Mark 10:23-31 God Makes Salvation Possible.
The previous man was an example of “How hard it is for those who have riches to enter the kingdom of God” (v. 23 vv. 17-22 Cf. 4:19; Mt. 19:23-30; Lk. 18:24-30). Jesus also said that those who put their trust in riches could be likened unto a camel going through the eye of a needle (vv. 24-25 Cf. Job 31:24-28; Pss. 52:7; 62:10; Pr. 11:28; Mt. 13:22; I Tim. 6:17). Some have speculated that this is a reference to a gate entrance to a city, where the camel would have to bow down to get through, but it is more likely that Jesus sought to depict how impossible it is for anyone to do this for themselves. This is why the disciples wondered among themselves as to who then could be saved, and Jesus’ response (v. 26). “With men it is impossible, but not with God; for with God all things are possible” (v. 27 Cf. Job 42:2). Salvation is impossible for any human being, it is only possible as a sovereign act of God (Cf. Lk. 1:37; Eph. 2:8-9). It would seem that Peter may have thought that he and his fellow disciples had chosen to follow Jesus on their own. They had left all to follow Jesus (v. 28).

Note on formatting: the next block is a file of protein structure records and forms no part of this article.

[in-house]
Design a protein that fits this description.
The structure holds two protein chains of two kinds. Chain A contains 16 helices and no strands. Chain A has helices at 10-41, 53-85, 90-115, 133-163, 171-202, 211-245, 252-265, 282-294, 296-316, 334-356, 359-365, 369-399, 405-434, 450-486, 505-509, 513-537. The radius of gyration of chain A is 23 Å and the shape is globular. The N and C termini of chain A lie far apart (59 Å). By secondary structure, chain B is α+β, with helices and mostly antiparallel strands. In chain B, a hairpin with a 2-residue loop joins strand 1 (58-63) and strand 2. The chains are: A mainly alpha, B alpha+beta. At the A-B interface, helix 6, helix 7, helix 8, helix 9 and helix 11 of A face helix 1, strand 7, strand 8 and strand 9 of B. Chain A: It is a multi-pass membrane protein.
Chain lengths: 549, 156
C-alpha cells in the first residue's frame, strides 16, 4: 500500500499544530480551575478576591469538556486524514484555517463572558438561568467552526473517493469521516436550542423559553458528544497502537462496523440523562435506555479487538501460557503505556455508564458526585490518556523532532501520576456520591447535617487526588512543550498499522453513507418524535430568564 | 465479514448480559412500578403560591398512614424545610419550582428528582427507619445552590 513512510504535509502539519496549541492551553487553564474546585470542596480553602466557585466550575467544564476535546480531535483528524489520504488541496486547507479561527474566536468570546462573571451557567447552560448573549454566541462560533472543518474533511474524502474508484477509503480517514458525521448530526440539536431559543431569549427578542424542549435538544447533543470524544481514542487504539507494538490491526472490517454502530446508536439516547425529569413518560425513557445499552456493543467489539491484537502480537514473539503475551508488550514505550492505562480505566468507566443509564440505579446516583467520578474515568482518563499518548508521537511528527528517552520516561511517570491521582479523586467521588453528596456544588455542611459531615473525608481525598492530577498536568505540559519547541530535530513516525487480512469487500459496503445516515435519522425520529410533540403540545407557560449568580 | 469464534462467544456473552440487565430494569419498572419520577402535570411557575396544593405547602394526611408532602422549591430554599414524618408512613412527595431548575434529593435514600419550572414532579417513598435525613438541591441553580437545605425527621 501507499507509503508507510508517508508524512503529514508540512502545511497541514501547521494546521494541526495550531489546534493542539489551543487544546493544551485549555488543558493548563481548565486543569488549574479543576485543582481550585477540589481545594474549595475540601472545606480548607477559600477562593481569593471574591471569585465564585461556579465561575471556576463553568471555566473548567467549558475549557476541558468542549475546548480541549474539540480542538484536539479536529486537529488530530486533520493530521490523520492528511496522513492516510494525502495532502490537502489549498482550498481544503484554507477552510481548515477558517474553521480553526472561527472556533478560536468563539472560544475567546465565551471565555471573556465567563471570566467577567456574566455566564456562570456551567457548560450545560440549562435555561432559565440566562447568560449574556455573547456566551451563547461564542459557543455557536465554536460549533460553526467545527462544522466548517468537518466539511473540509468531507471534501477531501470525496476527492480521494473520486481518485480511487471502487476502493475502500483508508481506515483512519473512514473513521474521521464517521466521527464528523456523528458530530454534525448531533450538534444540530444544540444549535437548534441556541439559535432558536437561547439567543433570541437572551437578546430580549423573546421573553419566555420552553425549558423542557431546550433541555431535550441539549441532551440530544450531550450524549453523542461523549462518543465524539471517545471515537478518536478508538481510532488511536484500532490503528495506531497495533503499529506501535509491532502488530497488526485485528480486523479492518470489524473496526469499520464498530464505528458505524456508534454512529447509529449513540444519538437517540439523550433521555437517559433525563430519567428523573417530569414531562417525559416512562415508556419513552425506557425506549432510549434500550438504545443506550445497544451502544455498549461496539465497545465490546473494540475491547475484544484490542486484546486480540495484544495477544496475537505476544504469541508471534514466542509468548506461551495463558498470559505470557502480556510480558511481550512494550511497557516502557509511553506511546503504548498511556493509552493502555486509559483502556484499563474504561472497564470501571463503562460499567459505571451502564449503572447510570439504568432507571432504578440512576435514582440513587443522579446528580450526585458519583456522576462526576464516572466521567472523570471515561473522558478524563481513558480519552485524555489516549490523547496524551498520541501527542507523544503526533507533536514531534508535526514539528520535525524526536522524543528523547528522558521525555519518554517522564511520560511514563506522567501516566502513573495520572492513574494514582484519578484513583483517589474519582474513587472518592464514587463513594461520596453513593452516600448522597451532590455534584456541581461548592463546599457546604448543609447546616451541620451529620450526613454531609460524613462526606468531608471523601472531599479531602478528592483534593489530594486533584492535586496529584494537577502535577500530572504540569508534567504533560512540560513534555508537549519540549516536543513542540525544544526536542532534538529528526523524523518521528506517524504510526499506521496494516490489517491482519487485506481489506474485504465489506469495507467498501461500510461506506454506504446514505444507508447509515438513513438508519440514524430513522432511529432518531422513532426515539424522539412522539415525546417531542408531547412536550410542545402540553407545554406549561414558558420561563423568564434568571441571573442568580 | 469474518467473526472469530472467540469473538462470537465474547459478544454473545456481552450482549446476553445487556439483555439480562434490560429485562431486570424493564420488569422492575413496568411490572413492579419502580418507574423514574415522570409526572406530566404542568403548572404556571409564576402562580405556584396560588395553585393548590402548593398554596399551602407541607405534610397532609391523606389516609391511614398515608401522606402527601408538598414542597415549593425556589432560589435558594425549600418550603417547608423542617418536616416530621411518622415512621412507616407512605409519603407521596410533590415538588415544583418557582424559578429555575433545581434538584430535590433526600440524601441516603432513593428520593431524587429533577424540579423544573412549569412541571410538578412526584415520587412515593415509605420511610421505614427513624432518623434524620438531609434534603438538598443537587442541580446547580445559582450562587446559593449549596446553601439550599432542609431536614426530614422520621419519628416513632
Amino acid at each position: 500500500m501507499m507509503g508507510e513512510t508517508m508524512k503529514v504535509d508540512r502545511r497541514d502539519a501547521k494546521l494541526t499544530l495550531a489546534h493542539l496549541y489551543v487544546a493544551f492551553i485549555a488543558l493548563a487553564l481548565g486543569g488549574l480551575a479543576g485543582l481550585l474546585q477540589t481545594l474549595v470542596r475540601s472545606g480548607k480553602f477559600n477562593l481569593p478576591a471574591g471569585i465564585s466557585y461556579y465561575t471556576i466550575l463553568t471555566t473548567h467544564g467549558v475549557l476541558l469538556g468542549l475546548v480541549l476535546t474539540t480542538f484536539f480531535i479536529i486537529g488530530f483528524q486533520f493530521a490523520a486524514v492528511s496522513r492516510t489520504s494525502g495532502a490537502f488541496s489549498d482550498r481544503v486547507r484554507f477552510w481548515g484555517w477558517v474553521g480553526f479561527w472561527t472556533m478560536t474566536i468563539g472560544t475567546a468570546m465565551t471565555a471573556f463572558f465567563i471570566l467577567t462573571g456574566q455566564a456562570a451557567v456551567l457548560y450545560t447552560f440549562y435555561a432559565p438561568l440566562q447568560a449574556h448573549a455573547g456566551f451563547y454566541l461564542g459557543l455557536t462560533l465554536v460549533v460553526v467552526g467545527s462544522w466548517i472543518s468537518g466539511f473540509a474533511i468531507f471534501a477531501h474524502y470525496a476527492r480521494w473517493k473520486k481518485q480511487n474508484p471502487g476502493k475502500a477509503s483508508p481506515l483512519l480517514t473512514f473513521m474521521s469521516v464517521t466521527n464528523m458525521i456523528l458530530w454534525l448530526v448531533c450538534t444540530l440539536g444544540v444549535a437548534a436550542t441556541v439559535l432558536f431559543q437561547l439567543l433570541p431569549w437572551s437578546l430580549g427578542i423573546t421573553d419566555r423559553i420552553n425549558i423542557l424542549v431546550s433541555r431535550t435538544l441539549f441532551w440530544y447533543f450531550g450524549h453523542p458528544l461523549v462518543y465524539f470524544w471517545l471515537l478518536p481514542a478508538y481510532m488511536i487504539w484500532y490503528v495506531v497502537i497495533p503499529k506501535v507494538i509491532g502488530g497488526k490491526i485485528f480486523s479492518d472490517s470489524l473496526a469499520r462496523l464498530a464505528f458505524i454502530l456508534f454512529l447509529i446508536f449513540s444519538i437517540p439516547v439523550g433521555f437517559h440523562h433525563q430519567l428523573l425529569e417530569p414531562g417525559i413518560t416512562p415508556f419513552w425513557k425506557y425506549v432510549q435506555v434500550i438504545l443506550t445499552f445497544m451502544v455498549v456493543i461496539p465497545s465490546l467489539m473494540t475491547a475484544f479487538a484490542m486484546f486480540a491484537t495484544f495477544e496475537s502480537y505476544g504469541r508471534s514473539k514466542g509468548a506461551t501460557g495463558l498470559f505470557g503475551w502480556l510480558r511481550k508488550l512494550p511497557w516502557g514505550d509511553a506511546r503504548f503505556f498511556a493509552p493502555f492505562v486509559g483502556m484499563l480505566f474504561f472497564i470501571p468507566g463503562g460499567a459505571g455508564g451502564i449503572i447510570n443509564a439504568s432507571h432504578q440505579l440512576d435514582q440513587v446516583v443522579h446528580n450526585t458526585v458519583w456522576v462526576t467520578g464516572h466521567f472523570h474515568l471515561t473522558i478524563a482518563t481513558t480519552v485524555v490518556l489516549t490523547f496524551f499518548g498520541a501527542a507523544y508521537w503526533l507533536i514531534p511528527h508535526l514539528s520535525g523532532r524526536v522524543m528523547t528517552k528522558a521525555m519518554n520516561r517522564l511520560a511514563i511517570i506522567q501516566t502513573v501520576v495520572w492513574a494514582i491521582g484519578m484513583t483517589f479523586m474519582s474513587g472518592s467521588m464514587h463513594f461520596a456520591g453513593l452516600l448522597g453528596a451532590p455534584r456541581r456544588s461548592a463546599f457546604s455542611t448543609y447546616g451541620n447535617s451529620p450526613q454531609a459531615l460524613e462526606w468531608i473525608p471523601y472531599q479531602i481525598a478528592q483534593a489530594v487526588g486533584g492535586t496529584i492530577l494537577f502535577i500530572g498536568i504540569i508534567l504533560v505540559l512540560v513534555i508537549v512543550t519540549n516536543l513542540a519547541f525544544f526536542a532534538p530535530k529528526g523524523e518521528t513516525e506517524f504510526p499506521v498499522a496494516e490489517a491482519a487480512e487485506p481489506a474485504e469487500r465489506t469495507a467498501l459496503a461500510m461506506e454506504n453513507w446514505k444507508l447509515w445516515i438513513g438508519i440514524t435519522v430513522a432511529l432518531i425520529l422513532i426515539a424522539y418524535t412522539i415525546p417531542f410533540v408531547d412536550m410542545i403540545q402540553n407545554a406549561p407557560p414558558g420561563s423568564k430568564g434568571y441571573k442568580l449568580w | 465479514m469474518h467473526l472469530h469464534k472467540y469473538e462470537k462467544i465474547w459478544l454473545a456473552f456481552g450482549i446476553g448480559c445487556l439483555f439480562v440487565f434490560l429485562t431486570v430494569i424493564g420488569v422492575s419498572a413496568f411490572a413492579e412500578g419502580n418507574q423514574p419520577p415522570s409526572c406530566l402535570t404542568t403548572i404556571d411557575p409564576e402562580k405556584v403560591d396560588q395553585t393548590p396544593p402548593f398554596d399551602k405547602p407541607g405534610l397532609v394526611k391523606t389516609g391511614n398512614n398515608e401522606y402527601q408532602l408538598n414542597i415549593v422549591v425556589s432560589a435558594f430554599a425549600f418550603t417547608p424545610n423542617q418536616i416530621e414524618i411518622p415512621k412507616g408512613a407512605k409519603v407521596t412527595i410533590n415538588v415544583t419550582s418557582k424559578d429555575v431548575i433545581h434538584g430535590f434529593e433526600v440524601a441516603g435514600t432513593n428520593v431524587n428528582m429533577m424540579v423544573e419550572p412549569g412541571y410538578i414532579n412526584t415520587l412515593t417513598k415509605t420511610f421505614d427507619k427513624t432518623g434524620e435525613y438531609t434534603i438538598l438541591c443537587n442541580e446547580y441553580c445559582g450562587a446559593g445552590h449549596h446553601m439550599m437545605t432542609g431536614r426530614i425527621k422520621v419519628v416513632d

However, Jesus makes clear that all who follow him will have a hundredfold more in following him than they would without doing so – albeit with persecutions, but also eternal life (vv. 29-30 Cf. II Chr. 25:9; I Th. 3:3; II Tim. 3:12; I Pet. 4:12-13). Perhaps the disciples still had the lingering pride that was present when they discussed who among themselves would be the greatest (9:33-37), and they were given the example of infants. In that instance Jesus said, “If anyone desires to be first, he shall be last of all and servant of all” (9:35). It may also be the case that what Jesus is referring to in verse 31 is the reality that many among the nation of Israel, who first received the oracles of God, and the blessings of the covenant, would in fact not ultimately receive the substance. Matthew appears to have expanded on the same words he records at 19:30, with what he follows with at 20:16. “So the last will be first, and the first last. For many are called, but few are chosen.” So also Luke makes the same reference to the final judgment (13:30). Humble faith and service are the marks of those chosen.